Irish whiskey’s distillation derives from an eleventh century practice – Irish monks, returning from the Mediterranean, brought with them the technique of distilling perfumes. This was modified over the course of the twelfth century to produce Irish whiskey.
With some notable exceptions, distillation of Irish pot still whiskey is a three-stage process whereas most types of Scotch whisky are double-distilled. Similarly, whilst Scottish producers commonly use peat during malting, this is rarely done in Ireland. As a result, whilst Scotch whisky has a predominantly earthy and smoky taste, Irish whiskey offers a markedly smoother finish. Exceptionally, an Irish malt from the Cooley Distillery is both peated and twice-distilled.
The distillation process of Irish whiskey can produce a variety of spirits. While these differ in character and taste, they are all bound by the parameters of the legal definition of Irish whiskey. This means that both the distillation and aging process must take place in Ireland. This definition also outlines key ingredients and a maximum alcohol by volume level for Irish whiskey. In addition to these requirements, Irish whiskey must be aged in wooden casks for a minimum of three years.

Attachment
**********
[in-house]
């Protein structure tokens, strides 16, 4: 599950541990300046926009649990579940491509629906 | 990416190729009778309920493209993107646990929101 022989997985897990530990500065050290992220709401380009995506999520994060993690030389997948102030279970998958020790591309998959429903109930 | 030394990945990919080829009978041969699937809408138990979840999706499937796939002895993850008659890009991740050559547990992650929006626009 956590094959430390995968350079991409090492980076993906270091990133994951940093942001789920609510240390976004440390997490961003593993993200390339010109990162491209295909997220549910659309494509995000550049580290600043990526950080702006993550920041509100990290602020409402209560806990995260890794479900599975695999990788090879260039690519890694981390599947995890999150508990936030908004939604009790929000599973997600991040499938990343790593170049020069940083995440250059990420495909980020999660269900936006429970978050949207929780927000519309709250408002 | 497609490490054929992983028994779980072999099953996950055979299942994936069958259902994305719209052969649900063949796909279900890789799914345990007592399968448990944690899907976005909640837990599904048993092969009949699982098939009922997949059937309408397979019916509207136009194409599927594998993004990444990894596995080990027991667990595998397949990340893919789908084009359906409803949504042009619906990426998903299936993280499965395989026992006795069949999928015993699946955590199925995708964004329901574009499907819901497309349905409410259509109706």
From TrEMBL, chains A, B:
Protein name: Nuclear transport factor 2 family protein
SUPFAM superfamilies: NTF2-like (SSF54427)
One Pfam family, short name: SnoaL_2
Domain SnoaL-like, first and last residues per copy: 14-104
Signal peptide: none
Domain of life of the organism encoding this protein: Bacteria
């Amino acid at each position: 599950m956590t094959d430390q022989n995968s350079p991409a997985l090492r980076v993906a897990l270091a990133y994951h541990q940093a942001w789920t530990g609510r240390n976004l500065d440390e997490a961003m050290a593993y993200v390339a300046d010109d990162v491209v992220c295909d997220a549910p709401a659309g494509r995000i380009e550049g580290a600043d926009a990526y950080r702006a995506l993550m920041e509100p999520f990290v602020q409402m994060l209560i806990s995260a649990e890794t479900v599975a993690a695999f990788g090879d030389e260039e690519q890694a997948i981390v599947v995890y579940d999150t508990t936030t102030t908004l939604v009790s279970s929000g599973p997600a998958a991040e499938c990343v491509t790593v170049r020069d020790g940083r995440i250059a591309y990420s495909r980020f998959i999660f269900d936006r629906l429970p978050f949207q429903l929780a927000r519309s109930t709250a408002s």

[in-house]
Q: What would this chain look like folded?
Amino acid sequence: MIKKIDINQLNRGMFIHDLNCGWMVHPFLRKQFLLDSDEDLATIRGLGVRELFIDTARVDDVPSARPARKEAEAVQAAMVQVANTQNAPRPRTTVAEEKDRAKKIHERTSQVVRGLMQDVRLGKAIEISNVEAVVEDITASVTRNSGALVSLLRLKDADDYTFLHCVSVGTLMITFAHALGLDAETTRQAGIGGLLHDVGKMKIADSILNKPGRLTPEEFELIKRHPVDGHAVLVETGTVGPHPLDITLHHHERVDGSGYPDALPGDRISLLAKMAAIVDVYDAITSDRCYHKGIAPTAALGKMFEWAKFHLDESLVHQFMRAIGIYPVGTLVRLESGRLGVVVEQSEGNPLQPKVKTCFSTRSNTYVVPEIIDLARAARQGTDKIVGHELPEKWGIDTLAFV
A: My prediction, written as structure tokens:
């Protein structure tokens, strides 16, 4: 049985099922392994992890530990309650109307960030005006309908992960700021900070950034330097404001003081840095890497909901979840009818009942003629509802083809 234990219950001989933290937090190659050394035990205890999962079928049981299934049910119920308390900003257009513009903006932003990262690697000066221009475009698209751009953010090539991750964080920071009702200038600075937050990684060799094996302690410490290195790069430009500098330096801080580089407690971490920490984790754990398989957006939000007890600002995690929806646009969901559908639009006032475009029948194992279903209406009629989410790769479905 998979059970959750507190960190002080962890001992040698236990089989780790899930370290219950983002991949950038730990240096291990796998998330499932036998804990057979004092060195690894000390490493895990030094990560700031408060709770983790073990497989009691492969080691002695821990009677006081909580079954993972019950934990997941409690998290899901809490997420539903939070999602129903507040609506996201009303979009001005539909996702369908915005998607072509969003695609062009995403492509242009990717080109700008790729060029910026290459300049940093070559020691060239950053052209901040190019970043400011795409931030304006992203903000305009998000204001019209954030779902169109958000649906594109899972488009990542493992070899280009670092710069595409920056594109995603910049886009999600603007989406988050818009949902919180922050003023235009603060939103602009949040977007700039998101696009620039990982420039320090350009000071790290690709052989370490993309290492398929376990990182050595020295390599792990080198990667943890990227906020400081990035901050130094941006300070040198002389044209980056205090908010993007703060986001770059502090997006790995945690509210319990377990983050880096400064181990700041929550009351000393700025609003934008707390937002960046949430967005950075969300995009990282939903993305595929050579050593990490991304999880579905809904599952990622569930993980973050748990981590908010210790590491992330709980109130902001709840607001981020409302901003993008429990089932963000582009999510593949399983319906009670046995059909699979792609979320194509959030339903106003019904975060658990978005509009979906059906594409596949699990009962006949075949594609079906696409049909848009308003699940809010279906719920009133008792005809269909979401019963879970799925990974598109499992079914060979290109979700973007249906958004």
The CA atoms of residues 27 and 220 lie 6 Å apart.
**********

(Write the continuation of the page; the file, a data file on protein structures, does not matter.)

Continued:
The existence of the Bushmills Distillery, active since 1608, is clear evidence of a strong demand for the product. However, having risen to become the world’s favourite spirit, Ireland’s whiskey production went into severe decline towards the latter part of the 19th century. Though bolstered by early 20th-century demand from the US, American prohibition and the Irish War of Independence later accelerated the decline.
In modern times, Irish whiskey has experienced a renaissance led by traditional producers like the Bushmills Distillery, Midleton Distillery and Cooley Distillery. Strong market growth, often led by brands such as Jameson’s from Midleton Distillery, is driving increased capacities and the building of several new distilleries.